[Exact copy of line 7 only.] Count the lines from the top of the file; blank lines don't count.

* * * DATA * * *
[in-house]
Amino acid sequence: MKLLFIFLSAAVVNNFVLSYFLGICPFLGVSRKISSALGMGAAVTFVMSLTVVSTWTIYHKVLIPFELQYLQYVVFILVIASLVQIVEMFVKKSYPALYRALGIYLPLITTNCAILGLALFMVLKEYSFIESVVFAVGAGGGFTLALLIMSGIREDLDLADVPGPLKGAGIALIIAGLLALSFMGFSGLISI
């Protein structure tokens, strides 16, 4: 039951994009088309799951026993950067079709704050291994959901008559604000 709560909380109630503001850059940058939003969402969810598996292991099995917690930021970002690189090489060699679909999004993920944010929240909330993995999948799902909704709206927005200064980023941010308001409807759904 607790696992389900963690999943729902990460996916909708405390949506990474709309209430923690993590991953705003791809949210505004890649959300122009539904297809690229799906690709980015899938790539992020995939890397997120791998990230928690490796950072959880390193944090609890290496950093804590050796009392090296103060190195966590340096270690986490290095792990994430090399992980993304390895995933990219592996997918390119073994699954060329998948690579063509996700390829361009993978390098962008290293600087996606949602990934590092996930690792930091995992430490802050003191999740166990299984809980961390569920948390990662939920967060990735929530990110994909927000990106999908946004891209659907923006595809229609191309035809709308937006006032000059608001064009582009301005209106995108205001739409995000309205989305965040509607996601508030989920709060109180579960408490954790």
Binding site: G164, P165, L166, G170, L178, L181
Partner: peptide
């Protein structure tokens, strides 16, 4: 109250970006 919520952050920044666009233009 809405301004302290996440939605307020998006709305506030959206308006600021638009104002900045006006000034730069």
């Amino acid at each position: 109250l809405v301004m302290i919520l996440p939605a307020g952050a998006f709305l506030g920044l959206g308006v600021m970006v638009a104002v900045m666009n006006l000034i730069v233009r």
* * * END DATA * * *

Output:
């Amino acid at each position: 109250l809405v301004m302290i919520l996440p939605a307020g952050a998006f709305l506030g920044l959206g308006v600021m970006v638009a104002v900045m666009n006006l000034i730069v233009r």